What I Saw Last Week

U.S. Existing Home Sales fell 1.8% in June to an annual rate of 5.52M units – I had forecast a drop to 5.58M units.

Existing sales

It is clear that high prices and limited supply crimped sales activity in June with the median existing home price for all housing types up 6.5% to $263,800 – a new peak price and the 64th straight month of year-over-year gains. The median existing single-family home price came in at $266,200, up 6.6% from a year ago.

Median home prices were up in all regions, yet only the Midwest saw an increase in existing home sales (+3.1%) in June. Sales dropped 2.6% in the Northeast, 4.7% in the South, and 0.8% in the West.

The inventory of homes for sale (1.96M) is 7.1% lower than the same period a year ago and has now fallen year-over-year for 25 consecutive months. Unsold inventory is at a 4.3-month supply at the current sales pace, versus 4.6 months a year ago and the 6 month supply typically associated with a balanced market.

First-time buyers represented 32% of sales in June, down from 33% in May and matching that seen a year ago.  All-cash sales were 18% of transactions in June, down from 22% a year ago and now at the lowest rate seen since June 2009.

The takeaway from the report is that neither the availability, nor the affordability, of homes is high, which is keeping sales activity from being all that it could otherwise be.

The Case Shiller Index rose by 5.7% year-over-year through May matching the annual rate seen the previous month – I had anticipated a more robust 6.2% increase.


Seattle, Portland, and Denver reported the highest year-over-year gains among the 20 cities. In May, Seattle led the way with a 13.3% year-over-year increase, followed by Portland at 8.9%, and Denver overtaking Dallas with a 7.9% increase. Nine of the 20 cities in the study reported greater price increases in the year ending May 2017 versus the year ending April 2017.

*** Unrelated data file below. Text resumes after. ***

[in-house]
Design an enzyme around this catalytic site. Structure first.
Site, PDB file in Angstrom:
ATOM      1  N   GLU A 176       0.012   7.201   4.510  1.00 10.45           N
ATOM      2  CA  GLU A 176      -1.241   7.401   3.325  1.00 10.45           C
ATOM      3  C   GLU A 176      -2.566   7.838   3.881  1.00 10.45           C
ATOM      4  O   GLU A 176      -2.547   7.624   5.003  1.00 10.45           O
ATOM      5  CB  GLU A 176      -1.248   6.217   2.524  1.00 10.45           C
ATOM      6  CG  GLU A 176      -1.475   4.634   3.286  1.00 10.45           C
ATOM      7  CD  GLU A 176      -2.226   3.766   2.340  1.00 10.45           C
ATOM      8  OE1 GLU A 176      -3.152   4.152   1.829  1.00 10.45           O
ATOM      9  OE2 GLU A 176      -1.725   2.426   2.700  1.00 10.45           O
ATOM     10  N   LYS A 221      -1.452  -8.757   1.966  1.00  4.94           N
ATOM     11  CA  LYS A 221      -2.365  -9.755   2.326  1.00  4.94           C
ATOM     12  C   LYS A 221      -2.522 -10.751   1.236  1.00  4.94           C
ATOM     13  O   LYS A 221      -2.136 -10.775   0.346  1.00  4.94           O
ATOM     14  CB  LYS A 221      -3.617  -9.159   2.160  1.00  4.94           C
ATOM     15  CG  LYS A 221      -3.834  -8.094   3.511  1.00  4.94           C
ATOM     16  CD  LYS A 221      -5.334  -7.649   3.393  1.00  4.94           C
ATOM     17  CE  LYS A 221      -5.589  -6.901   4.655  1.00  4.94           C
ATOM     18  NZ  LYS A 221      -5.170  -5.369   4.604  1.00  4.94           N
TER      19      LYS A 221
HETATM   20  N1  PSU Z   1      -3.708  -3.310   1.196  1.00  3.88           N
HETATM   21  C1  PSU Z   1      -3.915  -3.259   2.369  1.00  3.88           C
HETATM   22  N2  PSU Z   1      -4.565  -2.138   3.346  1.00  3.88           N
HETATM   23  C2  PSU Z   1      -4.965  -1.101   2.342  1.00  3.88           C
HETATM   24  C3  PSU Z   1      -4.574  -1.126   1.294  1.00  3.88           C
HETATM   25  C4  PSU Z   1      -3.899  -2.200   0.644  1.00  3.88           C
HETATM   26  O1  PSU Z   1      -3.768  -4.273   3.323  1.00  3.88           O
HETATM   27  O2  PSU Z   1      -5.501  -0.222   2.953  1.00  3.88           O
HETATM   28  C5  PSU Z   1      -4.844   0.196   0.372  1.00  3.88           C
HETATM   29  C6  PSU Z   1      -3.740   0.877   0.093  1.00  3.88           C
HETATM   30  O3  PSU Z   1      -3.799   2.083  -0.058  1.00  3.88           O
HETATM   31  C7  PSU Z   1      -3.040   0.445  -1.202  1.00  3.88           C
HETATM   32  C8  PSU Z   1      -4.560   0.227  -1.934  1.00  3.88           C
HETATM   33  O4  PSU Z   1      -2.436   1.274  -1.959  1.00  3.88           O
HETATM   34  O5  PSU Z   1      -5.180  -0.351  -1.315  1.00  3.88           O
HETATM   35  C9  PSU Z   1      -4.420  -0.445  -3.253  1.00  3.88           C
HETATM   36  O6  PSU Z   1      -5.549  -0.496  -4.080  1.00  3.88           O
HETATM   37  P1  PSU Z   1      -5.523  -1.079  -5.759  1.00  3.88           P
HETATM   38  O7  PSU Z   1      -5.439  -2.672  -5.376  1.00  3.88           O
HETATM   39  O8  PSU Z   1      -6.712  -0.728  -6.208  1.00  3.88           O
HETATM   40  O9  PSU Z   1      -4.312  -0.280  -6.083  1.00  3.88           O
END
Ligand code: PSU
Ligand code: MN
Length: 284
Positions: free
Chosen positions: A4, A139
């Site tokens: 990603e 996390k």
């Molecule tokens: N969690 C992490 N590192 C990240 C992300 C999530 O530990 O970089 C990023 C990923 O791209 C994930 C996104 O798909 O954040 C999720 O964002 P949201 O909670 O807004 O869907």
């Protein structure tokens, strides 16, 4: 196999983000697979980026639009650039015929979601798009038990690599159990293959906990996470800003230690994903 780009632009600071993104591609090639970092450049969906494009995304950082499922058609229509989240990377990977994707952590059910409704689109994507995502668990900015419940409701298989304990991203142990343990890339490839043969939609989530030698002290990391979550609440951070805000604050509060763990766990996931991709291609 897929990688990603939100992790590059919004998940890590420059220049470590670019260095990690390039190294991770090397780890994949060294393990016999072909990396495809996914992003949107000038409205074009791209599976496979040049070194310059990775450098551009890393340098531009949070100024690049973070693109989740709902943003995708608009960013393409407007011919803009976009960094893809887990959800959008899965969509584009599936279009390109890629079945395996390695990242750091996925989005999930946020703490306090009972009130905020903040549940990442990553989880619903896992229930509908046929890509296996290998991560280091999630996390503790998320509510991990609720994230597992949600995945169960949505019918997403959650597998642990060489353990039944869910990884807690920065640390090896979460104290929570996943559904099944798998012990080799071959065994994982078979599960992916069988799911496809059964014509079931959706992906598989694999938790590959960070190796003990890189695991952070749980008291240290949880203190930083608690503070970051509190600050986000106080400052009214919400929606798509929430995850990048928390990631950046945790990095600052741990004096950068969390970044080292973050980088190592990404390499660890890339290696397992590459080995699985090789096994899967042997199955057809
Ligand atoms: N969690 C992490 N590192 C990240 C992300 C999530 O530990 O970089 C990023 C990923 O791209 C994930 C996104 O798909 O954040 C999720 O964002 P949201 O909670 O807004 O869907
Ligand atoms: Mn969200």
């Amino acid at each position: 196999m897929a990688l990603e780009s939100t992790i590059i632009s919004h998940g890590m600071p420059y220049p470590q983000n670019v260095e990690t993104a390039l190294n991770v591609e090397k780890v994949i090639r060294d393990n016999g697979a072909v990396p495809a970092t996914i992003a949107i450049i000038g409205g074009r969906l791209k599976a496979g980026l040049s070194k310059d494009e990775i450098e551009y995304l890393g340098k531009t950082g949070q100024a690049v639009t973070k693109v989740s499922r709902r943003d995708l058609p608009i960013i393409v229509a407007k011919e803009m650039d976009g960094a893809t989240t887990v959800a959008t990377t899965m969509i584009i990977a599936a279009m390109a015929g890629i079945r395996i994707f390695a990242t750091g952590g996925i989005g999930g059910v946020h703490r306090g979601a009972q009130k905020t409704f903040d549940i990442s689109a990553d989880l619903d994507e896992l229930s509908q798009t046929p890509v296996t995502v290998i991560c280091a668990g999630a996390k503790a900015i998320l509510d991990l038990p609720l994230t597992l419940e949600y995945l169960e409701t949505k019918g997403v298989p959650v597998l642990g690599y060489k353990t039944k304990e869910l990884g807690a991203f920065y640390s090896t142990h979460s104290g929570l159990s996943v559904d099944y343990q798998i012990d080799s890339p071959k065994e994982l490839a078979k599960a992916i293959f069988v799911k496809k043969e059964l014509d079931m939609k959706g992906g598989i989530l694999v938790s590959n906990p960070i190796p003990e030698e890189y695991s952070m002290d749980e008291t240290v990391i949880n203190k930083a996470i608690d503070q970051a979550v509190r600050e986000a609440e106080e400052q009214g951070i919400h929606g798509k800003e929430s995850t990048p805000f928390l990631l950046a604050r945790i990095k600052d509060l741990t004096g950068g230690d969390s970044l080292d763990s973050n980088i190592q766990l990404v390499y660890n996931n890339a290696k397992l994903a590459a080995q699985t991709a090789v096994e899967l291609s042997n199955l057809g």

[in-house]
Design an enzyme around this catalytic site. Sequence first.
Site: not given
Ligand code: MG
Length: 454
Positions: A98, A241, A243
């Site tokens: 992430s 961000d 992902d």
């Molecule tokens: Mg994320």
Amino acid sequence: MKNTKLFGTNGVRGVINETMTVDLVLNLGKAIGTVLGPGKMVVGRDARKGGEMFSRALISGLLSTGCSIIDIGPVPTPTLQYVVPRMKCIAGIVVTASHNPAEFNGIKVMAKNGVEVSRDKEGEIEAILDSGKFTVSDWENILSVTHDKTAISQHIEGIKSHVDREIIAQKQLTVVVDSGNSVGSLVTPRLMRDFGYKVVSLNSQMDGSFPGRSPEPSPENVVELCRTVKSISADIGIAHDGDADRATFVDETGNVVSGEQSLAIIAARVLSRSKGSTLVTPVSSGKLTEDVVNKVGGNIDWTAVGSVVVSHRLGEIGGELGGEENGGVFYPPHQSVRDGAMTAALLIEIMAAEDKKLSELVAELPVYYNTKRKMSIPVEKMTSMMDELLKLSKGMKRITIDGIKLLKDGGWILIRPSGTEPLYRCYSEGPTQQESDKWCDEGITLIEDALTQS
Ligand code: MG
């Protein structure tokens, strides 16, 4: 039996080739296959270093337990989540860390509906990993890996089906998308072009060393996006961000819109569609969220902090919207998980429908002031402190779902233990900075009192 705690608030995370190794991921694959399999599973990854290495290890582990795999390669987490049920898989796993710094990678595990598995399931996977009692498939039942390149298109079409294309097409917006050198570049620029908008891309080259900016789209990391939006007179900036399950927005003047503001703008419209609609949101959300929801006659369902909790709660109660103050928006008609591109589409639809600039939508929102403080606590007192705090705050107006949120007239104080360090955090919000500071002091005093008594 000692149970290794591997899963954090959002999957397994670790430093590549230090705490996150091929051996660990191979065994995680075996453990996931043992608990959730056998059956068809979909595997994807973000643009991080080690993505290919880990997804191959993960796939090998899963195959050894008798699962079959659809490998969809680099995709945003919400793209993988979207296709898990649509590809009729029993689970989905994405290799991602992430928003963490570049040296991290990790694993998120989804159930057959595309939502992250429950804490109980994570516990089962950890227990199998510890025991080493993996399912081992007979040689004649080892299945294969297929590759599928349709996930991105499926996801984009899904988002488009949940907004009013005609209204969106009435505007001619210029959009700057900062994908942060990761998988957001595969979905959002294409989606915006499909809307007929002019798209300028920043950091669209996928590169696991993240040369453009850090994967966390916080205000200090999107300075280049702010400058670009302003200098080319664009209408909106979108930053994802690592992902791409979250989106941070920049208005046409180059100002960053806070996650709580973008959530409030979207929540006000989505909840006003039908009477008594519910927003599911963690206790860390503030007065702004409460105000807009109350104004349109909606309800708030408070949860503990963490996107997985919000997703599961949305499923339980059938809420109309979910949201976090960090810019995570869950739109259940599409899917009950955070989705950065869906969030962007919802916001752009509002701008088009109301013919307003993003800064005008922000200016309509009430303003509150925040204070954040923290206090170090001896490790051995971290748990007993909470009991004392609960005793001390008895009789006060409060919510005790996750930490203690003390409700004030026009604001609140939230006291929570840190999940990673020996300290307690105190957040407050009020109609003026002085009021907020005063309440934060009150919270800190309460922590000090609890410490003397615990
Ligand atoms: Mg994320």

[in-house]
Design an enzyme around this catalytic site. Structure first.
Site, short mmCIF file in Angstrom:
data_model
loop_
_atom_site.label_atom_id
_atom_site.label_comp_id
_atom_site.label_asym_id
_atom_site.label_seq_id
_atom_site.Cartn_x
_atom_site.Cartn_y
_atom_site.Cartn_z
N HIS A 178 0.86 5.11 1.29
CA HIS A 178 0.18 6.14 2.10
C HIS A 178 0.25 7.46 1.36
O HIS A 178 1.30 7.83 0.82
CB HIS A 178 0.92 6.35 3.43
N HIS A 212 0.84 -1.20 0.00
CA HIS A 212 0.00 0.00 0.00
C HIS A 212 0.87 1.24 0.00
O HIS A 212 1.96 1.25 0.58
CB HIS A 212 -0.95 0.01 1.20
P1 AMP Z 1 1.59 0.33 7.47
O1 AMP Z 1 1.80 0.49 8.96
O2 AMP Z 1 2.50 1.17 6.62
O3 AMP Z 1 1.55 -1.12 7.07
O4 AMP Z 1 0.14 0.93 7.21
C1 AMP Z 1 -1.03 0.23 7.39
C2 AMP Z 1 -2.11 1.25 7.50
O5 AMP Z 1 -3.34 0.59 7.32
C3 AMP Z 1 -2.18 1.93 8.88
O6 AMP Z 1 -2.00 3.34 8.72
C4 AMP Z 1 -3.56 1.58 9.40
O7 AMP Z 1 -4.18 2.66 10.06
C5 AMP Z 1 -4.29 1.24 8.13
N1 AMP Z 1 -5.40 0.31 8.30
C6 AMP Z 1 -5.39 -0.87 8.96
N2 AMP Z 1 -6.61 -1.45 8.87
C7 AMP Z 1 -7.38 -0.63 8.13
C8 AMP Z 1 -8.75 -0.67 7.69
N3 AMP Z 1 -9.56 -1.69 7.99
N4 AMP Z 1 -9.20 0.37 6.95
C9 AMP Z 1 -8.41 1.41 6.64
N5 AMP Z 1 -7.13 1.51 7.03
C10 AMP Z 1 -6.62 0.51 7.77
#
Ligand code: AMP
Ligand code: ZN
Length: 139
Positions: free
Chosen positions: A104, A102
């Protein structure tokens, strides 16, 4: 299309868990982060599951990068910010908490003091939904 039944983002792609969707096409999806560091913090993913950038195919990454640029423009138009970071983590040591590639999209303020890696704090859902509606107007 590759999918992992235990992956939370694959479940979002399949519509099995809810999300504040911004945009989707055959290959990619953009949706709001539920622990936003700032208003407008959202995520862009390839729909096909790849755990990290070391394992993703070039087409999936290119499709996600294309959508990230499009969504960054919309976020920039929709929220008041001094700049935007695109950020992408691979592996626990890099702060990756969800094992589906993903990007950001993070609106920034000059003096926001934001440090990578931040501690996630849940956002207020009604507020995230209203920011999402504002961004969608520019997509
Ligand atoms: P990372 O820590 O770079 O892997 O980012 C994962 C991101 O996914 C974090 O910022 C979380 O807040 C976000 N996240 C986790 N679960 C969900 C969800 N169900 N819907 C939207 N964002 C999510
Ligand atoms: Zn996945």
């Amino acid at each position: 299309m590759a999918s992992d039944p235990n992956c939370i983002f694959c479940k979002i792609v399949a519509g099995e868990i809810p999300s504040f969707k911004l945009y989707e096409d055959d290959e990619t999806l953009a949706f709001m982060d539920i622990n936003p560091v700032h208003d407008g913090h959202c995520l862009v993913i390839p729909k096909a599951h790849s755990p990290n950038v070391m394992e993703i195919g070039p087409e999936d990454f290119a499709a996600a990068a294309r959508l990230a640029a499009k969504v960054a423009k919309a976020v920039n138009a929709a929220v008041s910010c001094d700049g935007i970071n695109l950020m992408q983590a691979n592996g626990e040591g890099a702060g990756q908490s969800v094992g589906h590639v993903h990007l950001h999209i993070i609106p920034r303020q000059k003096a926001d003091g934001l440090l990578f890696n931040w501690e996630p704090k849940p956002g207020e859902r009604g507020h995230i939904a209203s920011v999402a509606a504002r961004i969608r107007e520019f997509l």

Home prices continue to climb and outpace both inflation and wages. Although housing is certainly not repeating the bubble period of 2000 through 2006 – as price increases vary across the country unlike the earlier period when rising prices were almost universal – the number of homes sold annually is 20% less today than in the pre-bubble period and the months’ supply is declining, not surging. The limited supply of homes for sale (only about four months’ worth given current demand) is the most palpable cause of rising prices. New home construction, higher than during the recession but still low, is another factor in rising prices.

For the last 19-months, Seattle or Portland have been the markets with the fastest rising home prices based on 12-month gains. Since the national index bottomed in February 2012, San Francisco has seen the largest gains. Using Census Bureau data for 2011 to 2015, it is possible to compare these three cities to national averages. The proportion of owner-occupied homes is lower than the national average in all three cities with San Francisco being the lowest at 36%, Seattle at 46%, and Portland at 52%. Nationally, the figure is 64%.

The key factor for the rise in home prices is population growth from 2010 to 2016: the national increase is 4.7%, but for these cities, it is 8.2% in San Francisco, 9.6% in Portland and a remarkable 15.7% in Seattle. It is clear that a larger population, combined with more people working, leads to higher home prices.

Consumer Confidence in July was measured at 121.1 – contradicting my forecast for a drop to 116.8 – from a downwardly revised 117.3 (from 118.9) in June.


The Present Situation Index increased from 143.9 to 147.8, which is a 16-year high, while the Expectations Index rose from 99.6 to 103.3.

Of note is that consumers’ outlook for the labor market improved. The proportion expecting more jobs in the months ahead was unchanged at 19.2%, but those anticipating fewer jobs decreased from 14.6% to 13.3%. Consumers, however, were not as upbeat about their income prospects as in June. The percentage of consumers expecting an improvement in their income declined moderately from 20.9% to 20%, while the proportion expecting a decline increased from 9.3% to 10%.

The takeaway from the report is that the uptick in July was forged by a rise in sentiment for current conditions, as well as the short-term outlook.

U.S. New Home Sales for June were at a seasonally adjusted annual rate of 610,000, exactly matching my forecast.

New sales

The June sales pace was 0.8% above the downwardly revised pace of 605,000 (from 610,000) for May but up 9.1% year-over-year.